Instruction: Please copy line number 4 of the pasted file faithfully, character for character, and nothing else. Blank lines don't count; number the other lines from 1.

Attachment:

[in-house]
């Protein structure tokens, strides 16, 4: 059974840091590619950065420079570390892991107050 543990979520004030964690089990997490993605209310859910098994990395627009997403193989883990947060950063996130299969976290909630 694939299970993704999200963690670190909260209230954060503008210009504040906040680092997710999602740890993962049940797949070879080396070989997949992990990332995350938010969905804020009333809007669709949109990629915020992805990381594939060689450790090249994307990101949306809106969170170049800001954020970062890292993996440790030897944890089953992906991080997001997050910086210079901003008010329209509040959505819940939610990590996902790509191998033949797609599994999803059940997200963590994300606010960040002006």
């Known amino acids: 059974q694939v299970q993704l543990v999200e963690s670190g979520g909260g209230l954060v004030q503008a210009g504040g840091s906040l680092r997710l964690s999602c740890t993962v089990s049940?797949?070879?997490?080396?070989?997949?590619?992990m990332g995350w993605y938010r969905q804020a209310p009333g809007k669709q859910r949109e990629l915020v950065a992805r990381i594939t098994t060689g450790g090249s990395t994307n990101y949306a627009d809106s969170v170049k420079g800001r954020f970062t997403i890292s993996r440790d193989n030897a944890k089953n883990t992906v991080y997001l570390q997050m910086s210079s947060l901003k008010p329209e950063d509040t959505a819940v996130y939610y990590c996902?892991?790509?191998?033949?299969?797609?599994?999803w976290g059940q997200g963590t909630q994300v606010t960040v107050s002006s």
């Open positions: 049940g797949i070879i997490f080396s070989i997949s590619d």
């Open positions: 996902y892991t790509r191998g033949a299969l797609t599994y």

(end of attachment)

């Open positions: 049940g797949i070879i997490f080396s070989i997949s590619d």